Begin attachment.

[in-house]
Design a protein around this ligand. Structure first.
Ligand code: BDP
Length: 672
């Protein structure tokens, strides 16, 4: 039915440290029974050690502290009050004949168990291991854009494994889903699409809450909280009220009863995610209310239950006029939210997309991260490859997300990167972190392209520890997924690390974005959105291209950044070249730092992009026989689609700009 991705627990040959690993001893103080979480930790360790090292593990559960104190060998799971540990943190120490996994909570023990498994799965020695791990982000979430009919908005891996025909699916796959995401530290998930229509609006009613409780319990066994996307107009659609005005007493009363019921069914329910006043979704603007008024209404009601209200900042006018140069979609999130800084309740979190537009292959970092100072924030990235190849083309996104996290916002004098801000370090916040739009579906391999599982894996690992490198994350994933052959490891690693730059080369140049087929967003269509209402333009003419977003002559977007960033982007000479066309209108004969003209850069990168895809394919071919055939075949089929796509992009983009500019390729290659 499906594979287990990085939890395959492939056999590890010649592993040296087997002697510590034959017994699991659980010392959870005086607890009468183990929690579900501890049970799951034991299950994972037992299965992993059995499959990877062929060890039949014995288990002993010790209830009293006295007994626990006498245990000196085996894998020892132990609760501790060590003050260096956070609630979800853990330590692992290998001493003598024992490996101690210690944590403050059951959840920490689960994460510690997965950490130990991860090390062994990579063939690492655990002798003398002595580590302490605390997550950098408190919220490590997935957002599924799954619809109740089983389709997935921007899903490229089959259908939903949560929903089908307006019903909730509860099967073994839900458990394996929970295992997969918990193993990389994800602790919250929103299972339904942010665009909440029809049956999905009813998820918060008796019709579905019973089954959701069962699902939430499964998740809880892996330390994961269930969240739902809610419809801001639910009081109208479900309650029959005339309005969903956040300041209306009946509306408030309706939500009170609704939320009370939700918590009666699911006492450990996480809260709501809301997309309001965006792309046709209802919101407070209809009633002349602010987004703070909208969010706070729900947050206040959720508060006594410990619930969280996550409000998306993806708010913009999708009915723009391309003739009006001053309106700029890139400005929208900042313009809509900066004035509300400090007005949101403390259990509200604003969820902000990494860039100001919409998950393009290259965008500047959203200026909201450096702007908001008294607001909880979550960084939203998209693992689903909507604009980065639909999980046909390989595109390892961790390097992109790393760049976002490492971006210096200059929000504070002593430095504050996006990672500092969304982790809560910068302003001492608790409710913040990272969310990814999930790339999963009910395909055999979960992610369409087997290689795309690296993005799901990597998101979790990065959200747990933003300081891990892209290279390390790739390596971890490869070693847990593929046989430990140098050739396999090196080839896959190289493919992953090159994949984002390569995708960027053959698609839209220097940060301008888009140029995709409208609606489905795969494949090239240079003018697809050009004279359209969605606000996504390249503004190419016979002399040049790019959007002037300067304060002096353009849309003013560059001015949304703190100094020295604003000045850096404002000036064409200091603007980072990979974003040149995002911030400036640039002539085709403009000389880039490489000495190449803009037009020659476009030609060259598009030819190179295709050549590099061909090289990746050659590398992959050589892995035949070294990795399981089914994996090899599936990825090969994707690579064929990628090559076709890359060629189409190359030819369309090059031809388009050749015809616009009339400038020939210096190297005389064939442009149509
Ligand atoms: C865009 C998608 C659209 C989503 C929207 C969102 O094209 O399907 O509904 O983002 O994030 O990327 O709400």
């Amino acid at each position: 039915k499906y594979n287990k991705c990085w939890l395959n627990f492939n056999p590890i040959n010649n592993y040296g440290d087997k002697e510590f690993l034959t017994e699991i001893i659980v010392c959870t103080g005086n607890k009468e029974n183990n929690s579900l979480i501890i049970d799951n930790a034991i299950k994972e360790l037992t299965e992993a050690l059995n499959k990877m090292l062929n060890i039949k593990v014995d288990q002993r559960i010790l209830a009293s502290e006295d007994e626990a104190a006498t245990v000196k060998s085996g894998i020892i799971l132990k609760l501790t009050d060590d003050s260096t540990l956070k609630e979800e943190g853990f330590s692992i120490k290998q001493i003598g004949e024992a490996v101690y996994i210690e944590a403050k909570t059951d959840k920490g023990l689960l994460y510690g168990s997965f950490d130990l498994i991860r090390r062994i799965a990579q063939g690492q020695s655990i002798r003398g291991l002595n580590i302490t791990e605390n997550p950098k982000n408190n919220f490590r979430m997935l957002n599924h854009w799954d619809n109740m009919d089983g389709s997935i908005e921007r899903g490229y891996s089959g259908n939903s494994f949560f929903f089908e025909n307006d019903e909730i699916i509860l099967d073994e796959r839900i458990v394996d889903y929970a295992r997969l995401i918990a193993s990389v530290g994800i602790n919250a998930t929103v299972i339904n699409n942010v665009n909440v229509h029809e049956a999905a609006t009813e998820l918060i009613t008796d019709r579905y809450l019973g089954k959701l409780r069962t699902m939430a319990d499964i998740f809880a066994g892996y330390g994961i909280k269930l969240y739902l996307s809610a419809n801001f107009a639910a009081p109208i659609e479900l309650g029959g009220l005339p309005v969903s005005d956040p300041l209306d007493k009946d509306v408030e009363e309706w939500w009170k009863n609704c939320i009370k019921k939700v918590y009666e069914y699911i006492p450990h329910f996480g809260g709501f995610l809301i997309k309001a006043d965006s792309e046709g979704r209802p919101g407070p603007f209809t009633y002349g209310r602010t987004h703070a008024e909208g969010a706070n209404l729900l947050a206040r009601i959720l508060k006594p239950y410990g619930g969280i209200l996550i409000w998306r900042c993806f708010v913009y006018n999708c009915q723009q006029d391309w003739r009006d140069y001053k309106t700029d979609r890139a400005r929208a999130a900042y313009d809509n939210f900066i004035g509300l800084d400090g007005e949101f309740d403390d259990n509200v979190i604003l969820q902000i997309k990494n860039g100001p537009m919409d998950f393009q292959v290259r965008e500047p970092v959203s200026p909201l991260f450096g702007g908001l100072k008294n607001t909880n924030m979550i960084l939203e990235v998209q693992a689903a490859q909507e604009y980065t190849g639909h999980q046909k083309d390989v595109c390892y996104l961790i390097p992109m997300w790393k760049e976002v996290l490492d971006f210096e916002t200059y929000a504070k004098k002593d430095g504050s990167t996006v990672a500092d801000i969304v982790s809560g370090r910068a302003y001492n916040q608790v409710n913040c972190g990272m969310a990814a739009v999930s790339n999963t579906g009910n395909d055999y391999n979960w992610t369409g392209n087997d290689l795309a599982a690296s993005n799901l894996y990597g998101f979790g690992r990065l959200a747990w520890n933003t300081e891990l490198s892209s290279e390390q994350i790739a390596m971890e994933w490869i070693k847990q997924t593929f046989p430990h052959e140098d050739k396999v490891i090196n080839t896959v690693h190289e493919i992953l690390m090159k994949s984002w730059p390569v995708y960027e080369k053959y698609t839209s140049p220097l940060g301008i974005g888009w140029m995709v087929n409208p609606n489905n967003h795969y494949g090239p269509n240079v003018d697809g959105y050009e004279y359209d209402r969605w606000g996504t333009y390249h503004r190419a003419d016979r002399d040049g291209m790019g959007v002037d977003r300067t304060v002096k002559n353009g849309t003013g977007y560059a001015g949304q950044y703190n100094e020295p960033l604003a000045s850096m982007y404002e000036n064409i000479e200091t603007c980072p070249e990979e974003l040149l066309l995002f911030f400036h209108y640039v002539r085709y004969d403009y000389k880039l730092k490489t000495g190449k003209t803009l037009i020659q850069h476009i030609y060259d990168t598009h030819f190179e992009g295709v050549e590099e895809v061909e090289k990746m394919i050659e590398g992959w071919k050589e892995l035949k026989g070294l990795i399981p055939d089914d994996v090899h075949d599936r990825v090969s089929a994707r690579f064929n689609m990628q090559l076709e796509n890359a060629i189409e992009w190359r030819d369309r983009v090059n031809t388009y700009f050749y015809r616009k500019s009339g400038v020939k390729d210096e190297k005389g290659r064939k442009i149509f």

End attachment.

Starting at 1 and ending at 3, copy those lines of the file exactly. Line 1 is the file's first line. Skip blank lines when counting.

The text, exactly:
[in-house]
Design a protein around this ligand. Structure first.
Ligand code: BDP